Up to the end of the 19th century, Russia was an autocratic(Leader having total power) country. His will was the sole source of law, of taxation and justice. He controlled the army and all the officials. Through his special position on the Holy Synod, he controlled even religious affairs. His autocratic rule was supported by the privileged nobles, who possessed land and serfs, and held all the chief offices in the Czar's administration. Nicholas II was Czar from 1896-1917, and his rule was the brute of political disarray. Nicholas II had continued the divine-right monarchy held by the Romanovs for many generations. From the day Russia coronated Nicholas II as Emperor, problems arose with the people. .
The mass of people were serfs. Serfs were 'slaves'. They worked on the estates of the nobles. They could be punished in any form by the nobles. They could even be sold as chattels by the nobles. Besides the serfs, there was a very small middle class in the towns. They were discontented with the backwardness of Russia.
As an autocrat, no other monarch in Europe claimed such large powers or stood so high above his subjects as Nicholas II. Autocracy was traditionally impatient and short-tempered. He wielded his power through his bureaucracy, which contained the most knowledgeable and skilled members of Russian high society. Like the Czar, the bureaucracy, or chinovniki, stood above the people and were always in danger of being poisoned by their own power. Nicholas II never took interest in public opinion, and seemed oblivious to what was happening around him. While industrilization increased and had reached to other countries, Russia found itself spending more money than ever due to tax problems. Nicholas II did not want foreign affairs with Russia's industry. He was convinced he could handle Russia himself.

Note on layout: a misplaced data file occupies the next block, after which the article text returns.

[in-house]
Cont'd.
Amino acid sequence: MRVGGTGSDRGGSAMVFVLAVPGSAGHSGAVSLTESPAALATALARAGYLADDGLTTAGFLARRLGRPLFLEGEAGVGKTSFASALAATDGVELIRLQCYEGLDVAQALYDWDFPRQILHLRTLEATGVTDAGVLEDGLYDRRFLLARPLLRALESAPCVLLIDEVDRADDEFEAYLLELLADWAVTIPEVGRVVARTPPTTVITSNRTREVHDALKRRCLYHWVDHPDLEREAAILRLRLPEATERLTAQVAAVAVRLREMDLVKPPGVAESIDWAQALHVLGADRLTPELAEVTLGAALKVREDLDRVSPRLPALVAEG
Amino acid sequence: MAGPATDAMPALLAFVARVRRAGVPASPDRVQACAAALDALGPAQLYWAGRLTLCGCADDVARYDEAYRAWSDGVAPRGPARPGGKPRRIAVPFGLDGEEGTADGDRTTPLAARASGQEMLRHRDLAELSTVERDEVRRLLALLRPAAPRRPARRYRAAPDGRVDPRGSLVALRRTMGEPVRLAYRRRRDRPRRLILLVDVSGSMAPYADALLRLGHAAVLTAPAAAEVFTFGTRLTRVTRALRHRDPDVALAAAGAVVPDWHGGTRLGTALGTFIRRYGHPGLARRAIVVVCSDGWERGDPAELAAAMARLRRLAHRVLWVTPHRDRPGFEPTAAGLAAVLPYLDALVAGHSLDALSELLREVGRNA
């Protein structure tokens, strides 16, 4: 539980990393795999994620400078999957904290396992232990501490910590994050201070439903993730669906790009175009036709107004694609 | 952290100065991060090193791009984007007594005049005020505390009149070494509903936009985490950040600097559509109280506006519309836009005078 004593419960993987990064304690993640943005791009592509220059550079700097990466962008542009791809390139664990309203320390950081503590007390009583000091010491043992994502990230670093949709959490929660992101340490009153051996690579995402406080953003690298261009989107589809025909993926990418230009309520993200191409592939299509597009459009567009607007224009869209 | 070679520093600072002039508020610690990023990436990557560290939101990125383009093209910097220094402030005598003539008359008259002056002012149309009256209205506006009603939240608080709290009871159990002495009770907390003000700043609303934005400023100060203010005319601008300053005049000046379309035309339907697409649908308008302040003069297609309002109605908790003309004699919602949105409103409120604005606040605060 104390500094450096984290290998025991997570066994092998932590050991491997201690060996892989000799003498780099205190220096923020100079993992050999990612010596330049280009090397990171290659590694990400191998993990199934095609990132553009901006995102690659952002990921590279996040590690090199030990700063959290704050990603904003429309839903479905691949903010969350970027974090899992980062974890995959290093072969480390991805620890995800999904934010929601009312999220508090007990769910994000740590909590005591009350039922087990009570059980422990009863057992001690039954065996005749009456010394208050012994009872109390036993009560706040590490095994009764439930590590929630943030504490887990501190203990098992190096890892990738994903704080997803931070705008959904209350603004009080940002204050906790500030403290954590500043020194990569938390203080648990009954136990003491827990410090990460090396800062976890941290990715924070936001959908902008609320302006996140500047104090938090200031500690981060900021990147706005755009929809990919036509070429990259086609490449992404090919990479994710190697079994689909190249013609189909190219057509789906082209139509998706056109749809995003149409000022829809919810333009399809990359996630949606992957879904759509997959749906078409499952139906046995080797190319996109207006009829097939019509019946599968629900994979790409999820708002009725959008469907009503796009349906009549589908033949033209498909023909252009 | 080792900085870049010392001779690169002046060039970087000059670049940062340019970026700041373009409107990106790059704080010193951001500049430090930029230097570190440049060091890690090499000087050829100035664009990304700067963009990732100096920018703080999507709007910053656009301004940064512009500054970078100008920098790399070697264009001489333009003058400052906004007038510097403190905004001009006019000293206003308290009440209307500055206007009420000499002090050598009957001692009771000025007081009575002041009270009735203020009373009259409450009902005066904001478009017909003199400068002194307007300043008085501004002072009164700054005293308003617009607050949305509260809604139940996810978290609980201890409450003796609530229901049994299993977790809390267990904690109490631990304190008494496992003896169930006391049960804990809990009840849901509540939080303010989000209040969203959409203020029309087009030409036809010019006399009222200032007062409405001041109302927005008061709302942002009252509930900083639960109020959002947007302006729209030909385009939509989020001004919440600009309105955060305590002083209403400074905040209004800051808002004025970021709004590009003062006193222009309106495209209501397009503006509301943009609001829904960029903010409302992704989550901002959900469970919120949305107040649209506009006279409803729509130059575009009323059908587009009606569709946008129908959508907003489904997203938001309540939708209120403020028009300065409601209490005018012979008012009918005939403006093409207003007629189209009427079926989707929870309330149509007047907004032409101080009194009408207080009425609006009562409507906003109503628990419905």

In 1905, the famouse Russian revolution had occured between Czar and his people. Their were many causes that lead to this event originating from the poor peasents.